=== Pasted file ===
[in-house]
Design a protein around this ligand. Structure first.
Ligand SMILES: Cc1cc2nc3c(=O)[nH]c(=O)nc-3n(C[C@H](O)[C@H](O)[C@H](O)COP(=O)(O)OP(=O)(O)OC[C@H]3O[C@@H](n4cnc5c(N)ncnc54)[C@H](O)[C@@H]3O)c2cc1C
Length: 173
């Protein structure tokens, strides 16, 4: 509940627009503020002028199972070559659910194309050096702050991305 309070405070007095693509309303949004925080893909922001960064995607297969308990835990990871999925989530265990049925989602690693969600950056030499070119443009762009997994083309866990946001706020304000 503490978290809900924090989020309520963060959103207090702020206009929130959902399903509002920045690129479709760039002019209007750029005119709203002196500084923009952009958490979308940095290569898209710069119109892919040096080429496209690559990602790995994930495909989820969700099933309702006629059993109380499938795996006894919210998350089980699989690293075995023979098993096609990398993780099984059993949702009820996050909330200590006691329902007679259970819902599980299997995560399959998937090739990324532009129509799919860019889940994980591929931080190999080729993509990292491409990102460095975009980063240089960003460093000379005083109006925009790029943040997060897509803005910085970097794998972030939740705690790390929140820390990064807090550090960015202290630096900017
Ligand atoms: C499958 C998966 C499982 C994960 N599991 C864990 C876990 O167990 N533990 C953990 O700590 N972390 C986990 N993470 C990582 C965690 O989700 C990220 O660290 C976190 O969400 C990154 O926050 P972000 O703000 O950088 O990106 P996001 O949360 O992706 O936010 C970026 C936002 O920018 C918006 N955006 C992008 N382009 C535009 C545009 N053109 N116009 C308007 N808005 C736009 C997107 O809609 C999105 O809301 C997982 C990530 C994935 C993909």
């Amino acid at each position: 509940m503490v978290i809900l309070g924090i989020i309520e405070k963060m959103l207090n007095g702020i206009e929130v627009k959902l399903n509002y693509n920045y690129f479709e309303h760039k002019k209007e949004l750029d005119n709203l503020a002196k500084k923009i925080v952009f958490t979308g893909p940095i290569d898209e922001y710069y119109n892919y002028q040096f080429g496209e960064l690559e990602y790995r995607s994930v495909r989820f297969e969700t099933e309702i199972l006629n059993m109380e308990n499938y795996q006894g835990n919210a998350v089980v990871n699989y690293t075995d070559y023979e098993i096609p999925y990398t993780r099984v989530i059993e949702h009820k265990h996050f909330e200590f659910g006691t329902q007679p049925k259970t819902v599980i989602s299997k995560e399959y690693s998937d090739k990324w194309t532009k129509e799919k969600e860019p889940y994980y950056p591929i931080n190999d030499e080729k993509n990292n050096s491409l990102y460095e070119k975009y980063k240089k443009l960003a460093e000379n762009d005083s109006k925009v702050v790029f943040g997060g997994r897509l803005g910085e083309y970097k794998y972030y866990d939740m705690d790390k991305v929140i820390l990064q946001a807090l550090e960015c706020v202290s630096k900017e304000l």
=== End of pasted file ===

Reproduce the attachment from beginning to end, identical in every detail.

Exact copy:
[in-house]
Design a protein around this ligand. Structure first.
Ligand SMILES: Cc1cc2nc3c(=O)[nH]c(=O)nc-3n(C[C@H](O)[C@H](O)[C@H](O)COP(=O)(O)OP(=O)(O)OC[C@H]3O[C@@H](n4cnc5c(N)ncnc54)[C@H](O)[C@@H]3O)c2cc1C
Length: 173
């Protein structure tokens, strides 16, 4: 509940627009503020002028199972070559659910194309050096702050991305 309070405070007095693509309303949004925080893909922001960064995607297969308990835990990871999925989530265990049925989602690693969600950056030499070119443009762009997994083309866990946001706020304000 503490978290809900924090989020309520963060959103207090702020206009929130959902399903509002920045690129479709760039002019209007750029005119709203002196500084923009952009958490979308940095290569898209710069119109892919040096080429496209690559990602790995994930495909989820969700099933309702006629059993109380499938795996006894919210998350089980699989690293075995023979098993096609990398993780099984059993949702009820996050909330200590006691329902007679259970819902599980299997995560399959998937090739990324532009129509799919860019889940994980591929931080190999080729993509990292491409990102460095975009980063240089960003460093000379005083109006925009790029943040997060897509803005910085970097794998972030939740705690790390929140820390990064807090550090960015202290630096900017
Ligand atoms: C499958 C998966 C499982 C994960 N599991 C864990 C876990 O167990 N533990 C953990 O700590 N972390 C986990 N993470 C990582 C965690 O989700 C990220 O660290 C976190 O969400 C990154 O926050 P972000 O703000 O950088 O990106 P996001 O949360 O992706 O936010 C970026 C936002 O920018 C918006 N955006 C992008 N382009 C535009 C545009 N053109 N116009 C308007 N808005 C736009 C997107 O809609 C999105 O809301 C997982 C990530 C994935 C993909």
């Amino acid at each position: 509940m503490v978290i809900l309070g924090i989020i309520e405070k963060m959103l207090n007095g702020i206009e929130v627009k959902l399903n509002y693509n920045y690129f479709e309303h760039k002019k209007e949004l750029d005119n709203l503020a002196k500084k923009i925080v952009f958490t979308g893909p940095i290569d898209e922001y710069y119109n892919y002028q040096f080429g496209e960064l690559e990602y790995r995607s994930v495909r989820f297969e969700t099933e309702i199972l006629n059993m109380e308990n499938y795996q006894g835990n919210a998350v089980v990871n699989y690293t075995d070559y023979e098993i096609p999925y990398t993780r099984v989530i059993e949702h009820k265990h996050f909330e200590f659910g006691t329902q007679p049925k259970t819902v599980i989602s299997k995560e399959y690693s998937d090739k990324w194309t532009k129509e799919k969600e860019p889940y994980y950056p591929i931080n190999d030499e080729k993509n990292n050096s491409l990102y460095e070119k975009y980063k240089k443009l960003a460093e000379n762009d005083s109006k925009v702050v790029f943040g997060g997994r897509l803005g910085e083309y970097k794998y972030y866990d939740m705690d790390k991305v929140i820390l990064q946001a807090l550090e960015c706020v202290s630096k900017e304000l």